Drake D’Ambra, Austin Henson & Mat Mikesell
Special to the Tribune-Star
FORT WAYNE —
Austen Cummings sits in class and can’t remember what he’s supposed to focus on.
He doesn’t have a learning disability or an attention disorder. The Homestead High School sophomore suffered two concussions in the span of two months while playing football. The concussions have caused Cummings to blank out in class, at times for almost a half-hour.
“I’ll sit there for 20 minutes and realize ‘what am I supposed to be doing?’” Cummings said. “Those are the moments when I start to freak out about if I get another one.”
Precise numbers are hard to come by, but estimates considered reliable by those who treat sports trauma suggest between 43,000 and 67,000 high school football players in the United States are diagnosed with a concussion each year.
Concussion numbers may reach more than 130,000 when accounting for both diagnosed and undiagnosed cases, according to the Journal of Neurotrauma. A separate study by the Journal of Athletic Training revealed that about 53 percent of high school football players don’t report concussion-like symptoms.
The Indiana General Assembly passed a bill two years ago designed to better protect young athletes. In the next session that begins in January, Sen. Travis Holdman, R-Markle, plans to offer a bill to do even more.
But even those measures can’t protect athletes unless the players, coaches and parents work together to change a culture that celebrates hard contact and those who continue to play while hurt, health experts say.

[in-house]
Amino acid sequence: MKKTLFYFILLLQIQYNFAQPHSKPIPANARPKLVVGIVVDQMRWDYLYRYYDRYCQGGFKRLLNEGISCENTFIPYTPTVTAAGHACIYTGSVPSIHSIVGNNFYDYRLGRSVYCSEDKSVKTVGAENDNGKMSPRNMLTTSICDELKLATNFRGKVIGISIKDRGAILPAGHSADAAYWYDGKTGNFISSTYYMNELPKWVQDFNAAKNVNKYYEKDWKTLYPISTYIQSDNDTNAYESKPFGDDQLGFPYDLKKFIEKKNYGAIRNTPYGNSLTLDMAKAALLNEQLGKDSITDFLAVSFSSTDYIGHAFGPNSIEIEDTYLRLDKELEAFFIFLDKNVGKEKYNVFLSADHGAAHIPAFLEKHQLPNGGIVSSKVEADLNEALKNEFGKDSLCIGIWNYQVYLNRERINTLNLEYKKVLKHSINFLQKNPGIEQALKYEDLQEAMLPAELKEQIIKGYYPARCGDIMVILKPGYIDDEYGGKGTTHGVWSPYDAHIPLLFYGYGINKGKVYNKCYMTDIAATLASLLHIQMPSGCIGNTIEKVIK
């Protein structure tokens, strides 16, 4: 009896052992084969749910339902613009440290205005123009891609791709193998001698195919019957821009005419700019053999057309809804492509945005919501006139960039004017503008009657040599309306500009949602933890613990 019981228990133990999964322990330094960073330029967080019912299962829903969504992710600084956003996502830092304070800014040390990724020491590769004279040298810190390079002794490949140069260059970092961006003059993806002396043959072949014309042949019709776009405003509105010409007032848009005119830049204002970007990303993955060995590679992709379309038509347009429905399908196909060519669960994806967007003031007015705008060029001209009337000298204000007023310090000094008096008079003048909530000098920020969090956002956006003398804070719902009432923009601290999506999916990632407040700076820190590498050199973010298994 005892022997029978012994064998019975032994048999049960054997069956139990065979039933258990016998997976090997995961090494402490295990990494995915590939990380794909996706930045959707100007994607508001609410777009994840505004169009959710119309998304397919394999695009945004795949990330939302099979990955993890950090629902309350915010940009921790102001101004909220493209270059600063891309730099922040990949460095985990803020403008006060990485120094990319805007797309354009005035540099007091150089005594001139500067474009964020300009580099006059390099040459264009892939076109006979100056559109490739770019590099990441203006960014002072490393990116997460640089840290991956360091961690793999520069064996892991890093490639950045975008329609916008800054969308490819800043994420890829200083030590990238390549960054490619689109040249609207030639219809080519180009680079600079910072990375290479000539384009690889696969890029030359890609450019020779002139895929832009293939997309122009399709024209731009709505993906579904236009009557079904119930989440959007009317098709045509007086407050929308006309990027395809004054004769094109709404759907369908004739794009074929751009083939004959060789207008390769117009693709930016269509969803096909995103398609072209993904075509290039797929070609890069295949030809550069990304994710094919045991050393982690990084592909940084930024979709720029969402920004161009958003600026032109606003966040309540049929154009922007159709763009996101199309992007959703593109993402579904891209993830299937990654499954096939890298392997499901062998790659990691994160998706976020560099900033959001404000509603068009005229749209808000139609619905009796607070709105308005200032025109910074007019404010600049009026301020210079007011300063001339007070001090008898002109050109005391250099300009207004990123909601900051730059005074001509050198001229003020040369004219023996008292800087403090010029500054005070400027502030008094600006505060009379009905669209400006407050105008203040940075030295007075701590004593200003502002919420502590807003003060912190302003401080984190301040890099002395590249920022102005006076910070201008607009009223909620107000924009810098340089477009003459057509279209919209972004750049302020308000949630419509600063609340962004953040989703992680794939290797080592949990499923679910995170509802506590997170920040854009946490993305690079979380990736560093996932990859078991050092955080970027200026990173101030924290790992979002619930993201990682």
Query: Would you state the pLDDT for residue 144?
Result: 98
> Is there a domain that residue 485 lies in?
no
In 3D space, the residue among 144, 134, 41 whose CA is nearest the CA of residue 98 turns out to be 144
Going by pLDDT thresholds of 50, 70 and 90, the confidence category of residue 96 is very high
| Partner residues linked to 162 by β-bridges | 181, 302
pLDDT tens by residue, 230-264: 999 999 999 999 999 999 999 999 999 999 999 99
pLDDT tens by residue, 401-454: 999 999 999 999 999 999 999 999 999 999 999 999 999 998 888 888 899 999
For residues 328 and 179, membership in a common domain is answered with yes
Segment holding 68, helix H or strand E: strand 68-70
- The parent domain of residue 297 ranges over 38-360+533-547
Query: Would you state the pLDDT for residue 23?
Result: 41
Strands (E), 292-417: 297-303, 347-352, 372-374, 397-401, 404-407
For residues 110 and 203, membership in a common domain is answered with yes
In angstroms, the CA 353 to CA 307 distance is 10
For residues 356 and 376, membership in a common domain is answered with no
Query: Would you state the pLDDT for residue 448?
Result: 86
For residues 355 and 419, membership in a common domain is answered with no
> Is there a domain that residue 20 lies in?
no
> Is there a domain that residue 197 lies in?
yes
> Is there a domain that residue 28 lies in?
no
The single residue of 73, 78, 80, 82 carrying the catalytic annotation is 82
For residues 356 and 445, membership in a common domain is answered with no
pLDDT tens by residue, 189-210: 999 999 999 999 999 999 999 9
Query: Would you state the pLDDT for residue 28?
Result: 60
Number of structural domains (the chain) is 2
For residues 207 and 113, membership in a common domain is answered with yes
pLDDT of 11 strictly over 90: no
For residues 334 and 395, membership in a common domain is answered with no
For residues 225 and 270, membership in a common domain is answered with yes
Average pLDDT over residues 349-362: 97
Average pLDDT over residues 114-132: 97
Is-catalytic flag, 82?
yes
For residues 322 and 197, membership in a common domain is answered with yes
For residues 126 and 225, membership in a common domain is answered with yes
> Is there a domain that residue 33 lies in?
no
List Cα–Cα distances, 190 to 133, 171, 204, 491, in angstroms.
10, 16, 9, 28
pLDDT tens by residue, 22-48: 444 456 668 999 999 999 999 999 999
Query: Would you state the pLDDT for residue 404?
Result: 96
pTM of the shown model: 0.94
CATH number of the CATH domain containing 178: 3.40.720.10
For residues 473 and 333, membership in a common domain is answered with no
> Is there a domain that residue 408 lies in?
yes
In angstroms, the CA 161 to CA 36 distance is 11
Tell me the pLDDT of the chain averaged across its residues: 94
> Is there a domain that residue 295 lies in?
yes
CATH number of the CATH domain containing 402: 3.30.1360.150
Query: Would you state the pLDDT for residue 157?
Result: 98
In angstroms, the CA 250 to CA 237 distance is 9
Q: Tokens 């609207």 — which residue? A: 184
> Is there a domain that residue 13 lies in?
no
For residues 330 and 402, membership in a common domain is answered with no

The national conversation over the health of athletes was fueled by the NFL settlement in August, when the league agreed to pay a total $765 million to more than 4,500 former players. The deal provides benefits and compensation for players who developed brain-related health problems caused from football contact.
State-level data on football concussions can be difficult to find. The Indiana State Department of Health, Indiana Medical Association, Indiana Department of Education and Indiana High School Athletic Association do not record the number of concussions that occur in Indiana’s high school athletics, officials said.
“It is virtually an impossible task to track every concussive event, determine whether a concussion was actually sustained by the athlete, then record it in some fashion,” IHSAA Commissioner Bob Cox said.
Even without exact numbers, some say more needs to be done to protect young athletes.
In next year’s session, Holdman is sponsoring SB 372, which would require football coaches at the youth level to be certified in recognizing concussion symptoms and to know how to handle a child with a suspected concussion.
“The problem we have in Indiana is when you try to enforce the protocol at every level, you have to have a government agency or entity that is subject to the legislature to enforce the rule,” Holdman said. “With the concussion protocol the past two years, we can only control what is overseen by the IHSAA.”
Once a player is suspected of having a head injury, he or she must pass a battery of tests in accordance with the IHSAA protocol to re-enter the game.
IHSAA protocol states: “Any athlete who exhibits signs, symptoms, or behaviors consistent with a concussion (such as loss of consciousness, headache, dizziness, confusion, or balance problems) shall be immediately removed from the contest and shall not return to play until cleared by an appropriate health care professional.”